- A Nevada task force convened by Gov. Brian Sandoval (R) to promote renewable energy development rolled out a list of recommendations for the 2017 Legislative session, including a grandfathering provision for existing net metering customers and a boost to the state's renewable portfolio standard.
- The New Energy Industry Task Force, brought together after a controversial net metering decision last year, seeks to amend the RPS to trim the amount of fossil fuel generation down to 60% by 2026, 55% by 2033 and 40% by 2040.
- Other recommendations include strengthening efficiency standards and amending the Integrated Resource Planning process to promote more participation, diversify energy portfolios and include emerging technologies.
Nevada has been in the national spotlight for a controversial decision regarding rooftop solar. As a result of the backlash, Gov. Sandoval is seeking to reshape Nevada's image into one more friendly to renewable energy development.
Earlier this year, the Public Utilities Commission of Nevada finalized their decision to end retail rate net metering and increase fixed charges over a 12-year span. Solar advocates and businesses cried foul, celebrities protested and Presidential candidates condemned the decision.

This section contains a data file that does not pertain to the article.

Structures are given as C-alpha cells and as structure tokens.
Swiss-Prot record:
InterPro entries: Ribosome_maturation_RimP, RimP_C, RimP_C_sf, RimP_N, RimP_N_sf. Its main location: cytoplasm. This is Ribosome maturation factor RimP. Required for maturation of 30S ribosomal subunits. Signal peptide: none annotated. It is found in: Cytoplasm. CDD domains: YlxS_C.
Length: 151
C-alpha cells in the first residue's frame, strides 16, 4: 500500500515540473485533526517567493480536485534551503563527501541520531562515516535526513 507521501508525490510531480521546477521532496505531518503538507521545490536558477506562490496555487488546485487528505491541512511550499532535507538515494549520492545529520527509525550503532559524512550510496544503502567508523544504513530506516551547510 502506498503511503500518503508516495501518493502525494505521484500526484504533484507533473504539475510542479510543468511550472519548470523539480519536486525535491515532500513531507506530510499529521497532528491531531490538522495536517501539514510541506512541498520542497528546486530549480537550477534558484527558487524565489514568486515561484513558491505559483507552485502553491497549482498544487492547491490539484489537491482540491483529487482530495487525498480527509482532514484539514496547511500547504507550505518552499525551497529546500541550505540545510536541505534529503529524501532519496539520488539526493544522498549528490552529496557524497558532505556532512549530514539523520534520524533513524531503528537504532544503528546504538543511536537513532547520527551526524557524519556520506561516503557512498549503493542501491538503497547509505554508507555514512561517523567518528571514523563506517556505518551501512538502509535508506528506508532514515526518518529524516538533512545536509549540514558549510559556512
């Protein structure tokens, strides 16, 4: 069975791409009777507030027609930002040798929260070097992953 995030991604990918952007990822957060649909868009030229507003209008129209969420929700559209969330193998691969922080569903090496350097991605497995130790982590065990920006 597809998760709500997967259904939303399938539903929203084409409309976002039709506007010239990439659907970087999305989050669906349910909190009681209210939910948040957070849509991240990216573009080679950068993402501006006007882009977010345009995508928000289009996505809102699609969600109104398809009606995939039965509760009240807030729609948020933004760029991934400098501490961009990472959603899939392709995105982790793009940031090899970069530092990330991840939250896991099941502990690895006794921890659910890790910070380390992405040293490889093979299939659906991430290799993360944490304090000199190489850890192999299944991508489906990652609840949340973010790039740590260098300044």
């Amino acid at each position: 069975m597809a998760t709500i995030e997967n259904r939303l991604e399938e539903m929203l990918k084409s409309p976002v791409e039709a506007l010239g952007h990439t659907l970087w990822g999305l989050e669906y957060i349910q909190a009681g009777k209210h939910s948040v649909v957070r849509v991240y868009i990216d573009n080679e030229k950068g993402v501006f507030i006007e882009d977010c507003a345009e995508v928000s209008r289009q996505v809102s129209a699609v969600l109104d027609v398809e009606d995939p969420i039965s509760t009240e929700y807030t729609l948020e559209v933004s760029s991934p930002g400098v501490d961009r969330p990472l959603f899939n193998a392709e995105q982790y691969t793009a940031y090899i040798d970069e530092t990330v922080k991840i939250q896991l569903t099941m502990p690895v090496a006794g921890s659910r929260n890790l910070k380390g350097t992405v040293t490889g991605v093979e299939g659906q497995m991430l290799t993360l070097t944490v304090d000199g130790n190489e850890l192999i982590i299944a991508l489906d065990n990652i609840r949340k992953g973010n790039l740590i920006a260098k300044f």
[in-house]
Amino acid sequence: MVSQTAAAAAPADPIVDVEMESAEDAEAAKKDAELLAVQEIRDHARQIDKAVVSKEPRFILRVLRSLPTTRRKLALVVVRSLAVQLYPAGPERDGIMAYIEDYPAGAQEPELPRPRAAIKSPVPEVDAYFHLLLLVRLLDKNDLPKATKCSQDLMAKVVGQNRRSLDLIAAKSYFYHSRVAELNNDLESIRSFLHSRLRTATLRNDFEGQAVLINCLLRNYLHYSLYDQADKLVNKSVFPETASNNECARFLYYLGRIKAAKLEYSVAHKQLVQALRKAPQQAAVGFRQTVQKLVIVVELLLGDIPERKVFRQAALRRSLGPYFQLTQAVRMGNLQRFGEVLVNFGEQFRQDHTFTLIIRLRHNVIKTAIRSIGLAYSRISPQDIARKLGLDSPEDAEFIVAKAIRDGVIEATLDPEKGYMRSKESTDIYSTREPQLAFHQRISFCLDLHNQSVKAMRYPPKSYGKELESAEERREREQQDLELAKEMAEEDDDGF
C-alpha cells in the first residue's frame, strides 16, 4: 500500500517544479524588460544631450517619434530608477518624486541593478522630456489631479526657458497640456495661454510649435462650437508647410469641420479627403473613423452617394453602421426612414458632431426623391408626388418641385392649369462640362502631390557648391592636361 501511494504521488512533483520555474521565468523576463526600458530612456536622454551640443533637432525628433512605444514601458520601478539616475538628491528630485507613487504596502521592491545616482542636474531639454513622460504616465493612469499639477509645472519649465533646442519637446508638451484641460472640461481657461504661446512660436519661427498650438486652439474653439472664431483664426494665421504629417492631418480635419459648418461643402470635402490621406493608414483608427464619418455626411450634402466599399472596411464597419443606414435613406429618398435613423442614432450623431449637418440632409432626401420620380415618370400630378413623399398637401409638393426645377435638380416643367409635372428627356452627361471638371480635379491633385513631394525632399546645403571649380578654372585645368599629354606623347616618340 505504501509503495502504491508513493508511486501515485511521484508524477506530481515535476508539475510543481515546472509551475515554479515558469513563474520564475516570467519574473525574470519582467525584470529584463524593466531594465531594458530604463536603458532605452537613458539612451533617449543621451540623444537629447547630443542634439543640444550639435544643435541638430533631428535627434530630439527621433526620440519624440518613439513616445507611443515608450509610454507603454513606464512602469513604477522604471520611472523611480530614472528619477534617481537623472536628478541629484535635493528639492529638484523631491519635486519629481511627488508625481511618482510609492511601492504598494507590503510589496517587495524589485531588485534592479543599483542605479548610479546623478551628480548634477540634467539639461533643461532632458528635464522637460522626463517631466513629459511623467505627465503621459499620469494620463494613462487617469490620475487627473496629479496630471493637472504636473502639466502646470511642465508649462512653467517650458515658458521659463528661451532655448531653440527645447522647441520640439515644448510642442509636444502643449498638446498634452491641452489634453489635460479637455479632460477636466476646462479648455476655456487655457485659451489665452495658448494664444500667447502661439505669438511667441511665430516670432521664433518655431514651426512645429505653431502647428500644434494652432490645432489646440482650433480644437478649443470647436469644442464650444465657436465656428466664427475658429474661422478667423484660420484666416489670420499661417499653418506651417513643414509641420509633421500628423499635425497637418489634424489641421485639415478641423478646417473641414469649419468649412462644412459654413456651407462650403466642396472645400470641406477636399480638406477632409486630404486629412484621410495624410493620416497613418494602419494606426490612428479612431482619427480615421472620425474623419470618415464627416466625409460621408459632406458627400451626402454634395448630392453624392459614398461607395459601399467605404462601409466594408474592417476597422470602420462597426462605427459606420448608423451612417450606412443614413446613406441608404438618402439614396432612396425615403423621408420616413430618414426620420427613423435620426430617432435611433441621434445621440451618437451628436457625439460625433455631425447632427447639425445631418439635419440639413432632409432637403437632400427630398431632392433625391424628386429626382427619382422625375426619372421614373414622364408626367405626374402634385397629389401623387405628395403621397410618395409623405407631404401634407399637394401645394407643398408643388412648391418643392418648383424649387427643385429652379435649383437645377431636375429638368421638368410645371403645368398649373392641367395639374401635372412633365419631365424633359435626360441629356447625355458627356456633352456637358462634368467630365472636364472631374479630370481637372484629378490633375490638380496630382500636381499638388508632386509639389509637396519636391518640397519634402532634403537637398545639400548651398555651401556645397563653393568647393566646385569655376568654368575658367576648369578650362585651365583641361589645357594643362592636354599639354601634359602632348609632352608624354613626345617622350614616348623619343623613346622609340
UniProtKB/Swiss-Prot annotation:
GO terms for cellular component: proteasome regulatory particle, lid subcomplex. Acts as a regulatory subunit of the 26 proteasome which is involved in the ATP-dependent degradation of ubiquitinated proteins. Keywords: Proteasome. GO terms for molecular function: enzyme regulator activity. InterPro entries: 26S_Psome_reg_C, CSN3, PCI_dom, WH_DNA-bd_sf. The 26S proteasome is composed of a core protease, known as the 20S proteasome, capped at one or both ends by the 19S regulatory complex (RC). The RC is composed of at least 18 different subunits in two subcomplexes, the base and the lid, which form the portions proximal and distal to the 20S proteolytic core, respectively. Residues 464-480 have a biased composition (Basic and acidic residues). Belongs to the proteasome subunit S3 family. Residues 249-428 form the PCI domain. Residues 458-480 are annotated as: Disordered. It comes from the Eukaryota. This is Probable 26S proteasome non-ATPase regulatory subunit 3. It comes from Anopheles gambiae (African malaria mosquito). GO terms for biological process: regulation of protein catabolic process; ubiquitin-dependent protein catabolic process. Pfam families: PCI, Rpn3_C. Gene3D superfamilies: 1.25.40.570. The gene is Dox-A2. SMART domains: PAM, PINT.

In the end, two major solar companies ceased operations in the state, and solar applications have plummeted more than 90% compared to last year.
Now Nevada stakeholders are trying to figure out how to bring back rooftop solar by ensuring some 23,000 existing net metered customers can receive the proper remuneration for their excess energy. The task force recommended the legislature come up with a bill implementing net metering over a 20-year span, with the cutoff date set at December 31, 2015.
SolarCity recently rolled out a white paper mapping out the benefits rooftop solar provides to Nevadans. The paper reported rooftop solar arrays deliver 1.6 cents in net benefits to all ratepayers for every kWh generated, and 3.6 cents when environmental benefits are included.
And another report from Brookings Institution said net metering benefits all parties when every external and inherent benefit is factored in and doesn't significantly shift grid maintenance costs to non-rooftop solar customers.
Correction: An earlier version of this article said the task force recommended a 50% RPS. That is incorrect. It was recommended by their technical staff and voted down yesterday. The article also said the task force recommended implementing the original net metering rates for existing customers over a 25-year span, but the Journal-Review reports that was later reduced to 20 years.